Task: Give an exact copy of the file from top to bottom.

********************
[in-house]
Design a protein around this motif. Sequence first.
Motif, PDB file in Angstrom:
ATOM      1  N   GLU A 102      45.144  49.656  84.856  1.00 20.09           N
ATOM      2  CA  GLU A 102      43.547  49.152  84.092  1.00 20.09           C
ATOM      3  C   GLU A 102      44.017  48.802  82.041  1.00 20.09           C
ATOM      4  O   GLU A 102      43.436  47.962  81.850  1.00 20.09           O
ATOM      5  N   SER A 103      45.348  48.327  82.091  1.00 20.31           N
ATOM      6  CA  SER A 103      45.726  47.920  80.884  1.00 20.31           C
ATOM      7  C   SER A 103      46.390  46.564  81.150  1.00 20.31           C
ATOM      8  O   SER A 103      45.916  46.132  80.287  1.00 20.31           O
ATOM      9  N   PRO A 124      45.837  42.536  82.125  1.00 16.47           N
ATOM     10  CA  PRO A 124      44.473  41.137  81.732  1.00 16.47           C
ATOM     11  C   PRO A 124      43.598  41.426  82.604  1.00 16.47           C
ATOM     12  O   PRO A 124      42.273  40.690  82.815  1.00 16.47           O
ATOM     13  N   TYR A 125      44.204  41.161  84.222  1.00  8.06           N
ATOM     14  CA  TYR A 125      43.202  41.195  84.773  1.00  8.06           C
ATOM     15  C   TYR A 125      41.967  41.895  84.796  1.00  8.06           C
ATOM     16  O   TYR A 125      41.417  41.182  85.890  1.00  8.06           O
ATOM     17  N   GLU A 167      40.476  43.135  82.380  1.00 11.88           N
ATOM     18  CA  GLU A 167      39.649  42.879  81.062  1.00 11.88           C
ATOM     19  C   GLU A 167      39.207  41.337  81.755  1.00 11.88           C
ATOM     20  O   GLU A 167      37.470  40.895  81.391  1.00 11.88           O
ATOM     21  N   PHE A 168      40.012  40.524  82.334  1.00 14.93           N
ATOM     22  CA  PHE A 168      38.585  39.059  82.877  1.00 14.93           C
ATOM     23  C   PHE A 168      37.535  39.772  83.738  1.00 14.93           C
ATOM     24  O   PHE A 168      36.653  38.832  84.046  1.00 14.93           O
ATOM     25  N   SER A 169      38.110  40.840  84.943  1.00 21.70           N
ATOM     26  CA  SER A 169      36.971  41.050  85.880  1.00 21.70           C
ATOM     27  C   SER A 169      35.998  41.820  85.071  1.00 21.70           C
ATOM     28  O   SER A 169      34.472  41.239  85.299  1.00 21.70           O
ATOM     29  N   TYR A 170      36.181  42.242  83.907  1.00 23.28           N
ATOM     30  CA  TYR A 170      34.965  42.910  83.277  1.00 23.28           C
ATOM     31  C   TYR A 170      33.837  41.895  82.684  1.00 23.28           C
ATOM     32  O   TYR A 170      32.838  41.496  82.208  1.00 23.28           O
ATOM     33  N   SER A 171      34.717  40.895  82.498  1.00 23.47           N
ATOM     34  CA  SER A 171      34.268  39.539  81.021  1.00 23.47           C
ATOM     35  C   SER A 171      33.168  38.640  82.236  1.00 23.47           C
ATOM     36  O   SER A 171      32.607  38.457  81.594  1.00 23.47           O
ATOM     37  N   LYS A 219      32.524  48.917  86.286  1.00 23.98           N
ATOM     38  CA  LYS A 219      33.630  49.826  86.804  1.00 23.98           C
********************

[in-house]
Design a protein around this motif. Sequence first.
Motif, PDB file in Angstrom:
ATOM      1  N   GLU A 102      45.144  49.656  84.856  1.00 20.09           N
ATOM      2  CA  GLU A 102      43.547  49.152  84.092  1.00 20.09           C
ATOM      3  C   GLU A 102      44.017  48.802  82.041  1.00 20.09           C
ATOM      4  O   GLU A 102      43.436  47.962  81.850  1.00 20.09           O
ATOM      5  N   SER A 103      45.348  48.327  82.091  1.00 20.31           N
ATOM      6  CA  SER A 103      45.726  47.920  80.884  1.00 20.31           C
ATOM      7  C   SER A 103      46.390  46.564  81.150  1.00 20.31           C
ATOM      8  O   SER A 103      45.916  46.132  80.287  1.00 20.31           O
ATOM      9  N   PRO A 124      45.837  42.536  82.125  1.00 16.47           N
ATOM     10  CA  PRO A 124      44.473  41.137  81.732  1.00 16.47           C
ATOM     11  C   PRO A 124      43.598  41.426  82.604  1.00 16.47           C
ATOM     12  O   PRO A 124      42.273  40.690  82.815  1.00 16.47           O
ATOM     13  N   TYR A 125      44.204  41.161  84.222  1.00  8.06           N
ATOM     14  CA  TYR A 125      43.202  41.195  84.773  1.00  8.06           C
ATOM     15  C   TYR A 125      41.967  41.895  84.796  1.00  8.06           C
ATOM     16  O   TYR A 125      41.417  41.182  85.890  1.00  8.06           O
ATOM     17  N   GLU A 167      40.476  43.135  82.380  1.00 11.88           N
ATOM     18  CA  GLU A 167      39.649  42.879  81.062  1.00 11.88           C
ATOM     19  C   GLU A 167      39.207  41.337  81.755  1.00 11.88           C
ATOM     20  O   GLU A 167      37.470  40.895  81.391  1.00 11.88           O
ATOM     21  N   PHE A 168      40.012  40.524  82.334  1.00 14.93           N
ATOM     22  CA  PHE A 168      38.585  39.059  82.877  1.00 14.93           C
ATOM     23  C   PHE A 168      37.535  39.772  83.738  1.00 14.93           C
ATOM     24  O   PHE A 168      36.653  38.832  84.046  1.00 14.93           O
ATOM     25  N   SER A 169      38.110  40.840  84.943  1.00 21.70           N
ATOM     26  CA  SER A 169      36.971  41.050  85.880  1.00 21.70           C
ATOM     27  C   SER A 169      35.998  41.820  85.071  1.00 21.70           C
ATOM     28  O   SER A 169      34.472  41.239  85.299  1.00 21.70           O
ATOM     29  N   TYR A 170      36.181  42.242  83.907  1.00 23.28           N
ATOM     30  CA  TYR A 170      34.965  42.910  83.277  1.00 23.28           C
ATOM     31  C   TYR A 170      33.837  41.895  82.684  1.00 23.28           C
ATOM     32  O   TYR A 170      32.838  41.496  82.208  1.00 23.28           O
ATOM     33  N   SER A 171      34.717  40.895  82.498  1.00 23.47           N
ATOM     34  CA  SER A 171      34.268  39.539  81.021  1.00 23.47           C
ATOM     35  C   SER A 171      33.168  38.640  82.236  1.00 23.47           C
ATOM     36  O   SER A 171      32.607  38.457  81.594  1.00 23.47           O
ATOM     37  N   LYS A 219      32.524  48.917  86.286  1.00 23.98           N
ATOM     38  CA  LYS A 219      33.630  49.826  86.804  1.00 23.98           C